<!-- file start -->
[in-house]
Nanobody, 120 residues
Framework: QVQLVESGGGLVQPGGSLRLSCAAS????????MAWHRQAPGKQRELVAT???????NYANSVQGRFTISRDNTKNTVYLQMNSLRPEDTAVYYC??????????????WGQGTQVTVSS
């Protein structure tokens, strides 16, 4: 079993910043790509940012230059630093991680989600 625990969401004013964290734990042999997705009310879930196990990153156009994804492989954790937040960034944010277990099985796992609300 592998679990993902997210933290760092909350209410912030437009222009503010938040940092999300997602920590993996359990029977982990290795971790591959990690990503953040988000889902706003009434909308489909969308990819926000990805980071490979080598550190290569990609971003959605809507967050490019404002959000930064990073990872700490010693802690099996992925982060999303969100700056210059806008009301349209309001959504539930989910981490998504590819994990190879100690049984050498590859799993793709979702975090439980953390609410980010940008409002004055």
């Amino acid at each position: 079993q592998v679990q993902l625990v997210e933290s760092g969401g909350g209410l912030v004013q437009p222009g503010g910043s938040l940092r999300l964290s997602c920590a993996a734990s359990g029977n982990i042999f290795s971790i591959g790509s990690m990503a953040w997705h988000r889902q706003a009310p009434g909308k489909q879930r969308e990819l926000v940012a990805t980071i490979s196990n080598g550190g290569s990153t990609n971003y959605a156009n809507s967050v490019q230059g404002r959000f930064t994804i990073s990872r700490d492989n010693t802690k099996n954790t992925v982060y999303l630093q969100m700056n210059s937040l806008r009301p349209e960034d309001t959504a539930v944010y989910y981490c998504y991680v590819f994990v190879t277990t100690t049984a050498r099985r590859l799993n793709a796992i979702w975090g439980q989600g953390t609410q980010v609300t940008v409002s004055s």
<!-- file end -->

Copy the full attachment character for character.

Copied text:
[in-house]
Nanobody, 120 residues
Framework: QVQLVESGGGLVQPGGSLRLSCAAS????????MAWHRQAPGKQRELVAT???????NYANSVQGRFTISRDNTKNTVYLQMNSLRPEDTAVYYC??????????????WGQGTQVTVSS
């Protein structure tokens, strides 16, 4: 079993910043790509940012230059630093991680989600 625990969401004013964290734990042999997705009310879930196990990153156009994804492989954790937040960034944010277990099985796992609300 592998679990993902997210933290760092909350209410912030437009222009503010938040940092999300997602920590993996359990029977982990290795971790591959990690990503953040988000889902706003009434909308489909969308990819926000990805980071490979080598550190290569990609971003959605809507967050490019404002959000930064990073990872700490010693802690099996992925982060999303969100700056210059806008009301349209309001959504539930989910981490998504590819994990190879100690049984050498590859799993793709979702975090439980953390609410980010940008409002004055």
């Amino acid at each position: 079993q592998v679990q993902l625990v997210e933290s760092g969401g909350g209410l912030v004013q437009p222009g503010g910043s938040l940092r999300l964290s997602c920590a993996a734990s359990g029977n982990i042999f290795s971790i591959g790509s990690m990503a953040w997705h988000r889902q706003a009310p009434g909308k489909q879930r969308e990819l926000v940012a990805t980071i490979s196990n080598g550190g290569s990153t990609n971003y959605a156009n809507s967050v490019q230059g404002r959000f930064t994804i990073s990872r700490d492989n010693t802690k099996n954790t992925v982060y999303l630093q969100m700056n210059s937040l806008r009301p349209e960034d309001t959504a539930v944010y989910y981490c998504y991680v590819f994990v190879t277990t100690t049984a050498r099985r590859l799993n793709a796992i979702w975090g439980q989600g953390t609410q980010v609300t940008v409002s004055s």